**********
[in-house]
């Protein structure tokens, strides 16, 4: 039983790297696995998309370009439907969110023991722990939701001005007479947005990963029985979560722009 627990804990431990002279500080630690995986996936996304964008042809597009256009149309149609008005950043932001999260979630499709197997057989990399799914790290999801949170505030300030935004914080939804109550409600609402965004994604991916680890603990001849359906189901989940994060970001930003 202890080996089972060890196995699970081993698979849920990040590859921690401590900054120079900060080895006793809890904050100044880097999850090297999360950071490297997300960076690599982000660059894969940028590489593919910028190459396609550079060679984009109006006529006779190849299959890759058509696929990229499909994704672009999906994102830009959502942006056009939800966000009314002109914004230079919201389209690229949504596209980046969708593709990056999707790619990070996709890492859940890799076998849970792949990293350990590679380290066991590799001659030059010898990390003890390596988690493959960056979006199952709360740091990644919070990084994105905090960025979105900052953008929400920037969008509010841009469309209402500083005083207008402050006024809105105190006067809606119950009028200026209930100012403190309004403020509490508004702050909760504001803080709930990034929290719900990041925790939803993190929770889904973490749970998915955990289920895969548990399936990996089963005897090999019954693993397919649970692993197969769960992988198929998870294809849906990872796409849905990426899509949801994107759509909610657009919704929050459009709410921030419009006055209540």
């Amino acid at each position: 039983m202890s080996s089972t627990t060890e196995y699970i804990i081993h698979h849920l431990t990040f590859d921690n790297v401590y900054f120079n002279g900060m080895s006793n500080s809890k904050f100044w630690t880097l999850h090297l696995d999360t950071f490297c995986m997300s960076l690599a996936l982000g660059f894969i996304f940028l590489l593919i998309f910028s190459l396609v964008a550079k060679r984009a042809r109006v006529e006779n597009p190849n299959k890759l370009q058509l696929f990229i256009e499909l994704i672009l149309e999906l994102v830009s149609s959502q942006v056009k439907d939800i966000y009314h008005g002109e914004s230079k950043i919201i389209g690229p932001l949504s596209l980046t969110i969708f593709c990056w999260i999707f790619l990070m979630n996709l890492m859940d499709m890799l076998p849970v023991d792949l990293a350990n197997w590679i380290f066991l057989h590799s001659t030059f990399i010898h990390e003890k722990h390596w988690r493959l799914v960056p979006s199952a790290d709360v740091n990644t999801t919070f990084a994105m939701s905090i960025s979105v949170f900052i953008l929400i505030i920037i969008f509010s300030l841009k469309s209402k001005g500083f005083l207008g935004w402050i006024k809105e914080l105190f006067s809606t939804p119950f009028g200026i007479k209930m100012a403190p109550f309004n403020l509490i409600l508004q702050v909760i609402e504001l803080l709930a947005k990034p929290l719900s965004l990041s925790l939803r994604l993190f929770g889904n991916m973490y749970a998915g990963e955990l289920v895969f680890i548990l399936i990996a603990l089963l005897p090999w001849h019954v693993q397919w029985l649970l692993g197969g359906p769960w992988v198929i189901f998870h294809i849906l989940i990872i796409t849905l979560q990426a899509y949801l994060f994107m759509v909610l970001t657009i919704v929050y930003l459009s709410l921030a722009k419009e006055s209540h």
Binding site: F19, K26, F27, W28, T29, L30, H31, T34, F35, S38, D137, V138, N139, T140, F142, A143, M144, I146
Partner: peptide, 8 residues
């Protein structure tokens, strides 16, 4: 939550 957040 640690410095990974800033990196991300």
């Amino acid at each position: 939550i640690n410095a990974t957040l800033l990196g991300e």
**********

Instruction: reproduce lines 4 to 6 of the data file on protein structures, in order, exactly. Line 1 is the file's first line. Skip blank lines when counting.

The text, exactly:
Binding site: F19, K26, F27, W28, T29, L30, H31, T34, F35, S38, D137, V138, N139, T140, F142, A143, M144, I146
Partner: peptide, 8 residues
């Protein structure tokens, strides 16, 4: 939550 957040 640690410095990974800033990196991300």